Back in mid June I activated Harter Fell then followed a roughly north-south path (to the east of yours) to cross Hard Knott road and activate Hard Knott (LDW-151). My path was also a bit faint in places and I can imagine - looking at your photos - it could be hard to follow either path in the snow.

My nightmare bit came on the return journey (going south) through the Dunnerdale forest plantation to the east of your path back to the car by the River Duddon. The south-bound public footpath was easy enough so were the forestry trails but I ended up on one trail which, although clearly marked on my GPS OS Map app, could not have been used for decades and has mature trees and bushes growing all over it.

I ended up bushwacking through steep ‘unwalkable’ unmanaged trees like a northern jungle. I’ve had this several times before - there’s insufficient detail on the map to help and you just have to follow your instinct as to which way to go. I’ll rather be ‘lost’ [in a local sense] out in the open rather than in dense woodland where your horizon is 5 or 10m.

73 Andy

I know what you mean Andy. I’ve done that loads of times, even as recently as the other week in the Whinlatter forest. I must have cycled through it 50 times and still managed to think I was in one place when I was actually on a different path. Fortunately there it’s easy to nip across some easy terrain. My first ever activation was Harter Fell and I studied the map and think I did exactly what you did. The lakeland maps can be misleading especially when there are sheep trails criss crossing footpaths.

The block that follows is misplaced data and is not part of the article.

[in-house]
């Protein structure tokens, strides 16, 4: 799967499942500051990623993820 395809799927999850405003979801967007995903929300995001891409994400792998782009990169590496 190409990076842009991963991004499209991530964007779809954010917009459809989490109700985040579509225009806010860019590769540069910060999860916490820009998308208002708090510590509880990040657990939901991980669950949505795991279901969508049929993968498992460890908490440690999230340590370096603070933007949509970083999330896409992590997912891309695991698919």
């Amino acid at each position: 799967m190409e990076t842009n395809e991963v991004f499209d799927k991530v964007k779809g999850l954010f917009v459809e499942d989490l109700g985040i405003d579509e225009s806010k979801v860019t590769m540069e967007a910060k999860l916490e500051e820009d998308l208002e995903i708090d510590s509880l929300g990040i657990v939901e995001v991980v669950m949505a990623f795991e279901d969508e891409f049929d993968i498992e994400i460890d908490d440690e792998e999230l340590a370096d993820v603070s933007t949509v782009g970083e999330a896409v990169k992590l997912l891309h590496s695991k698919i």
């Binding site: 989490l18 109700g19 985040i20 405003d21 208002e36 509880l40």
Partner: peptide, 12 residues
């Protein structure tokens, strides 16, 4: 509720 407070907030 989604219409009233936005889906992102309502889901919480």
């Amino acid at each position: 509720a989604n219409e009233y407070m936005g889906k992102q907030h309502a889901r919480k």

When I go out with a friend of mine he always takes the micky out of me because if the ground has multiple paths I always go the wrong way just enough to make it look like I’m zig zagging the actual path :joy:. I also tell him that whatever the time it will take to the next way point is 20 minutes. He’s stopped believing me now​:grin:

Seriously though, my GPS has really helped in situations like last week when visibility is so bad. I find a combination of slow progress and lots of checking gives me more confidence even if I do zig zag a bit

Picking up Andy’s point, getting somewhat lost in heavily wooded areas is extremely aggravating, not to say hazardous. OS mapping of public paths and bridleways can bear little relationship to the reality of actual physical routes sometimes. I find most Wainwright routes, even in old books, tend to be pretty reliable, with something to follow on the ground (except some cross-country … ones). While OS mapping might not be perfect, the OS Maps app is pretty useful to show you exactly where you are lost! Various apps will give you a grid reference for your paper map of course - I was assisted in a High Street whiteout by the (free) OS Locate app once: I downloaded it on the spot! 73, Phil

Yes, it’s a unique situation to know your position on the Earth’s surface down to less than 25m thanks to GPS but be navigationally blinded in the short range by dense foliage. Trying to walk by the shortest route to the nearest track or road marked on the map could be hazardous due to the terrain.

I’ve very happy with the OS Maps app on the whole. It’s unrealistic to expect these remote plantations to be re-surveyed that often but that section of the forestry ‘road’ should be deleted from the database.

One situation that checking the GPS has helped me many times is where I’m ascending a rocky mountain and there’s a choice of paths and it’s not clear which one to follow, so I choose one but checking my position after a minute or two, it’s clear now I should have taken the other path, and have to back track.

It’s clever stuff and really handy. I have the os maps on an android app called back country navigator ( that I’ve used for a long time now. Essentially the same thing as the os app but I’ve got all the wota’s and sota’s included as POI’s.

I’ve also bought the Harvey ultramaps for the lakes as my old os paper maps was frankly knackered. Really happy with the Harvey maps for planning and they are pocket sized which is handy